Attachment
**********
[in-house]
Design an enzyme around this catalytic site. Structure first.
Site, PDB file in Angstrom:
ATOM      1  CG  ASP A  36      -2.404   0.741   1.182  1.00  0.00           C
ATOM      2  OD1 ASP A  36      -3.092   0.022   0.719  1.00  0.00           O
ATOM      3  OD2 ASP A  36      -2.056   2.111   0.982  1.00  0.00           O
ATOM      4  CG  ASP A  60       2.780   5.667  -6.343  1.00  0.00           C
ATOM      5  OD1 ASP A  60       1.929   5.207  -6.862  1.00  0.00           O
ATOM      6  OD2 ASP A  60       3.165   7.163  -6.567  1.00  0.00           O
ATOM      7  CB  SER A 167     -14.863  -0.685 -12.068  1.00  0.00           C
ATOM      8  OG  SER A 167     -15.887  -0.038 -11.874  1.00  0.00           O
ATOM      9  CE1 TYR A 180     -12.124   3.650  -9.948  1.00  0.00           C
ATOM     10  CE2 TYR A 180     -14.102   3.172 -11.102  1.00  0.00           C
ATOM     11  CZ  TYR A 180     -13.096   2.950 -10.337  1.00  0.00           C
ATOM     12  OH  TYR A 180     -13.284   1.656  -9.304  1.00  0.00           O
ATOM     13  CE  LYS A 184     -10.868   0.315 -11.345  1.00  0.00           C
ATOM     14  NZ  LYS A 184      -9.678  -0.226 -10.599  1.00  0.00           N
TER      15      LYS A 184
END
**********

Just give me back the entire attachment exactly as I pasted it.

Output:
[in-house]
Design an enzyme around this catalytic site. Structure first.
Site, PDB file in Angstrom:
ATOM      1  CG  ASP A  36      -2.404   0.741   1.182  1.00  0.00           C
ATOM      2  OD1 ASP A  36      -3.092   0.022   0.719  1.00  0.00           O
ATOM      3  OD2 ASP A  36      -2.056   2.111   0.982  1.00  0.00           O
ATOM      4  CG  ASP A  60       2.780   5.667  -6.343  1.00  0.00           C
ATOM      5  OD1 ASP A  60       1.929   5.207  -6.862  1.00  0.00           O
ATOM      6  OD2 ASP A  60       3.165   7.163  -6.567  1.00  0.00           O
ATOM      7  CB  SER A 167     -14.863  -0.685 -12.068  1.00  0.00           C
ATOM      8  OG  SER A 167     -15.887  -0.038 -11.874  1.00  0.00           O
ATOM      9  CE1 TYR A 180     -12.124   3.650  -9.948  1.00  0.00           C
ATOM     10  CE2 TYR A 180     -14.102   3.172 -11.102  1.00  0.00           C
ATOM     11  CZ  TYR A 180     -13.096   2.950 -10.337  1.00  0.00           C
ATOM     12  OH  TYR A 180     -13.284   1.656  -9.304  1.00  0.00           O
ATOM     13  CE  LYS A 184     -10.868   0.315 -11.345  1.00  0.00           C
ATOM     14  NZ  LYS A 184      -9.678  -0.226 -10.599  1.00  0.00           N
TER      15      LYS A 184
END